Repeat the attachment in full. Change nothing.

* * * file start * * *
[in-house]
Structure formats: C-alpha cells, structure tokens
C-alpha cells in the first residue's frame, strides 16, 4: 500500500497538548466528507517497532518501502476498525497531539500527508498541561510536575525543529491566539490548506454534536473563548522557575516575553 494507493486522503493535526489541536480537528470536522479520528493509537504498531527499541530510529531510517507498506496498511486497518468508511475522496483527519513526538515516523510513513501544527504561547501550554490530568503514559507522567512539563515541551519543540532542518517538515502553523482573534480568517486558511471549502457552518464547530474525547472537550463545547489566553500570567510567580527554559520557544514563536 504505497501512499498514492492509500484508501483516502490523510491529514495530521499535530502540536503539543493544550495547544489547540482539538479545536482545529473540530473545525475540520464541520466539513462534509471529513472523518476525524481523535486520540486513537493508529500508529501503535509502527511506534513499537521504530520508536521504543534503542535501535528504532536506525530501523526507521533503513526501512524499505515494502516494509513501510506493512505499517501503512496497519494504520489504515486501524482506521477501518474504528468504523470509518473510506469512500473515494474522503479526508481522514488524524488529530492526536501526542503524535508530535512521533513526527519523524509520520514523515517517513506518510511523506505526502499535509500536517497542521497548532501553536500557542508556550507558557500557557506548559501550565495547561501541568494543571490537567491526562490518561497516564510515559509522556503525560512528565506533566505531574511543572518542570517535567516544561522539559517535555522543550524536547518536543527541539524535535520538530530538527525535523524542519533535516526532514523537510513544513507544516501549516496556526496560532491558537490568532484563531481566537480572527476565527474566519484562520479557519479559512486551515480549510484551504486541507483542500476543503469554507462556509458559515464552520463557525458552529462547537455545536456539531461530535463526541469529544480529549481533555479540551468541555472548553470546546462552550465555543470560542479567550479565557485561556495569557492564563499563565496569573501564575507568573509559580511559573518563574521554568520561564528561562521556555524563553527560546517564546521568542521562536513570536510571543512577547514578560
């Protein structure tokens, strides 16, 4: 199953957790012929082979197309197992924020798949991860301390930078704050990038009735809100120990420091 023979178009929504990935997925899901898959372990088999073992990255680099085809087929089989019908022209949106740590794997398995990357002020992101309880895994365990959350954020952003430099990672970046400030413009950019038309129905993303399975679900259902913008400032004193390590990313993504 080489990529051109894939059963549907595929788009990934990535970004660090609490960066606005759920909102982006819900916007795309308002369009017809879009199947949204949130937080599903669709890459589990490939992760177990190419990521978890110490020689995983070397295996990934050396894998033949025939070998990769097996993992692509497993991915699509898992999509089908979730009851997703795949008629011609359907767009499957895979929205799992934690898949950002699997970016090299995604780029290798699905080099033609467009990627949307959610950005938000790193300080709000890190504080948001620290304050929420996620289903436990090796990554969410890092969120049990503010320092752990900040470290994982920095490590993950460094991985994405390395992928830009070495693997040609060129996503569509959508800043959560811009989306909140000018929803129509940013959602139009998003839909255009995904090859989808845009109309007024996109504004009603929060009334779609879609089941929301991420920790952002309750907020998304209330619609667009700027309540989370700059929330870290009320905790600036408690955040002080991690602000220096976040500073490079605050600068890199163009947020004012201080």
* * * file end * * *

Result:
[in-house]
Structure formats: C-alpha cells, structure tokens
C-alpha cells in the first residue's frame, strides 16, 4: 500500500497538548466528507517497532518501502476498525497531539500527508498541561510536575525543529491566539490548506454534536473563548522557575516575553 494507493486522503493535526489541536480537528470536522479520528493509537504498531527499541530510529531510517507498506496498511486497518468508511475522496483527519513526538515516523510513513501544527504561547501550554490530568503514559507522567512539563515541551519543540532542518517538515502553523482573534480568517486558511471549502457552518464547530474525547472537550463545547489566553500570567510567580527554559520557544514563536 504505497501512499498514492492509500484508501483516502490523510491529514495530521499535530502540536503539543493544550495547544489547540482539538479545536482545529473540530473545525475540520464541520466539513462534509471529513472523518476525524481523535486520540486513537493508529500508529501503535509502527511506534513499537521504530520508536521504543534503542535501535528504532536506525530501523526507521533503513526501512524499505515494502516494509513501510506493512505499517501503512496497519494504520489504515486501524482506521477501518474504528468504523470509518473510506469512500473515494474522503479526508481522514488524524488529530492526536501526542503524535508530535512521533513526527519523524509520520514523515517517513506518510511523506505526502499535509500536517497542521497548532501553536500557542508556550507558557500557557506548559501550565495547561501541568494543571490537567491526562490518561497516564510515559509522556503525560512528565506533566505531574511543572518542570517535567516544561522539559517535555522543550524536547518536543527541539524535535520538530530538527525535523524542519533535516526532514523537510513544513507544516501549516496556526496560532491558537490568532484563531481566537480572527476565527474566519484562520479557519479559512486551515480549510484551504486541507483542500476543503469554507462556509458559515464552520463557525458552529462547537455545536456539531461530535463526541469529544480529549481533555479540551468541555472548553470546546462552550465555543470560542479567550479565557485561556495569557492564563499563565496569573501564575507568573509559580511559573518563574521554568520561564528561562521556555524563553527560546517564546521568542521562536513570536510571543512577547514578560
């Protein structure tokens, strides 16, 4: 199953957790012929082979197309197992924020798949991860301390930078704050990038009735809100120990420091 023979178009929504990935997925899901898959372990088999073992990255680099085809087929089989019908022209949106740590794997398995990357002020992101309880895994365990959350954020952003430099990672970046400030413009950019038309129905993303399975679900259902913008400032004193390590990313993504 080489990529051109894939059963549907595929788009990934990535970004660090609490960066606005759920909102982006819900916007795309308002369009017809879009199947949204949130937080599903669709890459589990490939992760177990190419990521978890110490020689995983070397295996990934050396894998033949025939070998990769097996993992692509497993991915699509898992999509089908979730009851997703795949008629011609359907767009499957895979929205799992934690898949950002699997970016090299995604780029290798699905080099033609467009990627949307959610950005938000790193300080709000890190504080948001620290304050929420996620289903436990090796990554969410890092969120049990503010320092752990900040470290994982920095490590993950460094991985994405390395992928830009070495693997040609060129996503569509959508800043959560811009989306909140000018929803129509940013959602139009998003839909255009995904090859989808845009109309007024996109504004009603929060009334779609879609089941929301991420920790952002309750907020998304209330619609667009700027309540989370700059929330870290009320905790600036408690955040002080991690602000220096976040500073490079605050600068890199163009947020004012201080």